Do You Need to Replace Your 600 MHz Wireless Microphones?

Wireless mics are everywhere, from auditoriums and theatres to conference centers and stadiums. Many of these microphones operate on the 600 MHz band, but in the U.S., most of this spectrum has been sold to cellular carriers. Alissa Boleky, director of marketing and business development for Anixter, explains what you need to know about the transition.

Learn more about this topic by reading our TECHbrief on the 600 MHz transition.

Transcript: Do you need to replace your 600 MHz wireless mics?

Hi, I’m Alissa Boleky.

Wireless microphones, like this one here, are used everywhere from corporate buildings and school auditoriums to churches, stadiums and performing arts venues. Many of these microphones operate on 600 MHz frequencies, a spectrum that, until recently, was licensed to broadcast TV stations in the United States.

In April 2017, the FCC sold most of this spectrum to cellular carriers for new 600 MHz wireless operations. Carriers have already begun using these frequencies to test and build their 5G wireless networks.

If you’re located in the U.S. and you currently use 600 MHz wireless mics, here’s what you need to know:

First, you have until July 13, 2020, to transition your mics out of the 600 MHz band. This is the cut-off date set by the FCC.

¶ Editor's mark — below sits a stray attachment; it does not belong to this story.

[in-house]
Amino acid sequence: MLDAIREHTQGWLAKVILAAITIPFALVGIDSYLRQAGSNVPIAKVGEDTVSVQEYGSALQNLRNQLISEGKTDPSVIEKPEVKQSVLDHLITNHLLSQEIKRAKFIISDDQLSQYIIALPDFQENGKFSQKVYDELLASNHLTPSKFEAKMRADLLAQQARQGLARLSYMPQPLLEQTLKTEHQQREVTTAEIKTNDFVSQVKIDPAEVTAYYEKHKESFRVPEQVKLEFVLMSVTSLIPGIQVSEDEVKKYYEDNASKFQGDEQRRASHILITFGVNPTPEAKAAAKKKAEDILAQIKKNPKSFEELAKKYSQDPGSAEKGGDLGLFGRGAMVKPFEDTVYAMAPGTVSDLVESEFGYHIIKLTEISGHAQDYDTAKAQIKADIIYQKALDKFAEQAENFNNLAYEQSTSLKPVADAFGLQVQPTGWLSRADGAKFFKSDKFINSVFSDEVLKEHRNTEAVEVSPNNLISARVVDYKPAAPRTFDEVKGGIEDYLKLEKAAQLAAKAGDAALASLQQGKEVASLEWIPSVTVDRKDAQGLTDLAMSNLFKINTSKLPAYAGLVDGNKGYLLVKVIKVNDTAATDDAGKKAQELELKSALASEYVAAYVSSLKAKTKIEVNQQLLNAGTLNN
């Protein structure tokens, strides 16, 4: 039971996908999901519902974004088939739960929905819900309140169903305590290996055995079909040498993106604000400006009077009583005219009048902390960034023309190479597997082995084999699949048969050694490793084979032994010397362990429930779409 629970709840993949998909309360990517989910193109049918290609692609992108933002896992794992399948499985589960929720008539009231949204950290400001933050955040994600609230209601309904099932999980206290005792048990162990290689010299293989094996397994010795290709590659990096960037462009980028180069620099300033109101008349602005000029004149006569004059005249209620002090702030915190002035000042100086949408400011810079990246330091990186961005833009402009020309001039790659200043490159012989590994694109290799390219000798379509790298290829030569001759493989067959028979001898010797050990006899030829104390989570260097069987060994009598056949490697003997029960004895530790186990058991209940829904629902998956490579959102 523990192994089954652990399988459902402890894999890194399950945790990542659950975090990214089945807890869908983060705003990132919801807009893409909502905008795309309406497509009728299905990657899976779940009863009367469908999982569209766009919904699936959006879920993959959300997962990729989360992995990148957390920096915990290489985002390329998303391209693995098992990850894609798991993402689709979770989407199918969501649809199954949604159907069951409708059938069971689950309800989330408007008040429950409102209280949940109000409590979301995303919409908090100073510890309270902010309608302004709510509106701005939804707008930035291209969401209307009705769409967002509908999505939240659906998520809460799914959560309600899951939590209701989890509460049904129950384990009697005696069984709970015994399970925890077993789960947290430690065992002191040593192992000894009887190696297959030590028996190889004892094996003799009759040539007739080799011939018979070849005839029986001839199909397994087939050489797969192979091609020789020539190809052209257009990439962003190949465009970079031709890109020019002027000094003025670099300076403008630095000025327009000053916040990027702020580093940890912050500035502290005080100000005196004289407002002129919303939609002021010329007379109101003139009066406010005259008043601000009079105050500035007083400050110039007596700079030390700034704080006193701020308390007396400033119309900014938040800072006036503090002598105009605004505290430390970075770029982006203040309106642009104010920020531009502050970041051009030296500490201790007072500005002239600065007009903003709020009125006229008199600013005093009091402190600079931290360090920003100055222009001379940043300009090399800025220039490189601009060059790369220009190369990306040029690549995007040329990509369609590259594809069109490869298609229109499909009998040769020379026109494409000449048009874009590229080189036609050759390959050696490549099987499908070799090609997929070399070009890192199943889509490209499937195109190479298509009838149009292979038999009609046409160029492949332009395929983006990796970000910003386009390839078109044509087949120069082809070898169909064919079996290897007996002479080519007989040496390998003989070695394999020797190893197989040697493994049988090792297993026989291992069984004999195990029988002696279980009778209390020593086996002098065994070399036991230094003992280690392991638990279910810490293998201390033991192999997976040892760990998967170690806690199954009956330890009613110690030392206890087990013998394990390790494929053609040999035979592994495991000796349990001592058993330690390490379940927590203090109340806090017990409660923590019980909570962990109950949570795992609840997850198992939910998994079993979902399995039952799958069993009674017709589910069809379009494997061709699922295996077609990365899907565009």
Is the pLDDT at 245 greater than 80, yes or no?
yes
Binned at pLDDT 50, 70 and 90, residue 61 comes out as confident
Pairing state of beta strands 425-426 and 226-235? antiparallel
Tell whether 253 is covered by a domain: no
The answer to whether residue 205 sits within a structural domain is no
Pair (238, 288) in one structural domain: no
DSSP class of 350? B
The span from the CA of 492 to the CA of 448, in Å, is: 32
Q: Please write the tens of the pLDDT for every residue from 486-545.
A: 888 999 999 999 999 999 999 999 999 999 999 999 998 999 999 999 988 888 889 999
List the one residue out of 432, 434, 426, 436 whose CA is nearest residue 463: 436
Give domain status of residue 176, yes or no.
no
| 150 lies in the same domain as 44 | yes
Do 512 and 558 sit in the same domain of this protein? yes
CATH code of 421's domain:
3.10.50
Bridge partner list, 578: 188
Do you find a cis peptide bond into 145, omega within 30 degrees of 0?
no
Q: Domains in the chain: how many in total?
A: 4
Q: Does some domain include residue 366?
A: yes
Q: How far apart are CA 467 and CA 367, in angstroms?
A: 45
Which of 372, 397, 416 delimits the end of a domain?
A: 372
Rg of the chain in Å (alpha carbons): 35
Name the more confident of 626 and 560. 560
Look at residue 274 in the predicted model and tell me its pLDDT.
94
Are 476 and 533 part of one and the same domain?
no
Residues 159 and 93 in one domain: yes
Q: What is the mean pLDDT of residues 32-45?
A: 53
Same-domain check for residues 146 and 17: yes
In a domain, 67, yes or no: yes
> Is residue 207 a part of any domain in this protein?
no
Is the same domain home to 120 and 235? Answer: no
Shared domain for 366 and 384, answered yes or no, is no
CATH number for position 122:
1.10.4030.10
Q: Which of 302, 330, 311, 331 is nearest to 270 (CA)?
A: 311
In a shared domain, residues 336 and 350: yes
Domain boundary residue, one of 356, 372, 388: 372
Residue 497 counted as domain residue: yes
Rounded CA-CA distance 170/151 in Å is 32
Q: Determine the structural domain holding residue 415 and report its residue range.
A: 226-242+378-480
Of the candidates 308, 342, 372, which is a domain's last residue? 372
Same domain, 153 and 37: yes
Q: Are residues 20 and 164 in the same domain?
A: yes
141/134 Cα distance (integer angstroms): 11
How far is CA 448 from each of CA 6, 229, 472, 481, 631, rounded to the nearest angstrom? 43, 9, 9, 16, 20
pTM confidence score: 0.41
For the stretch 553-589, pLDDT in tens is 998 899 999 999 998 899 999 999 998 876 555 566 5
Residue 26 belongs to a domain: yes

Second, you should not wait until 2020 to make the transition. Since carriers are already utilizing the 600 MHz frequencies for 5G testing, you may already be experiencing interference on your wireless mics. If the frequency owner complains about interference from your mics, the FCC could tell you to stop using the 600 MHz band immediately.

Third, when replacing your microphone transmitters and receivers, think ahead. Choose a band that will likely be open for a while—for example, 900 MHz for large facilities, or 2.4 GHz for smaller venues. Also, look at upgrading to a digital wireless system. A digital signal can be encrypted for security purposes and is also less likely to experience interference.

Fourth, work with a qualified A/V integrator to determine the right solution for your organization’s needs. An experienced A/V integrator will make sure that your new wireless microphone system works with your sound system and is professionally installed for best results.

Finally, if you’re dealing with a large-scale or multi-site deployment of new wireless microphone systems, you and your A/V integrator should consider partnering with a distributor such as Anixter to kit and deliver the product to your installation sites for faster, easier deployment.

To learn more about this and other professional A/V solutions, contact your local Anixter representative, or visit us online at anixter.com/proav.

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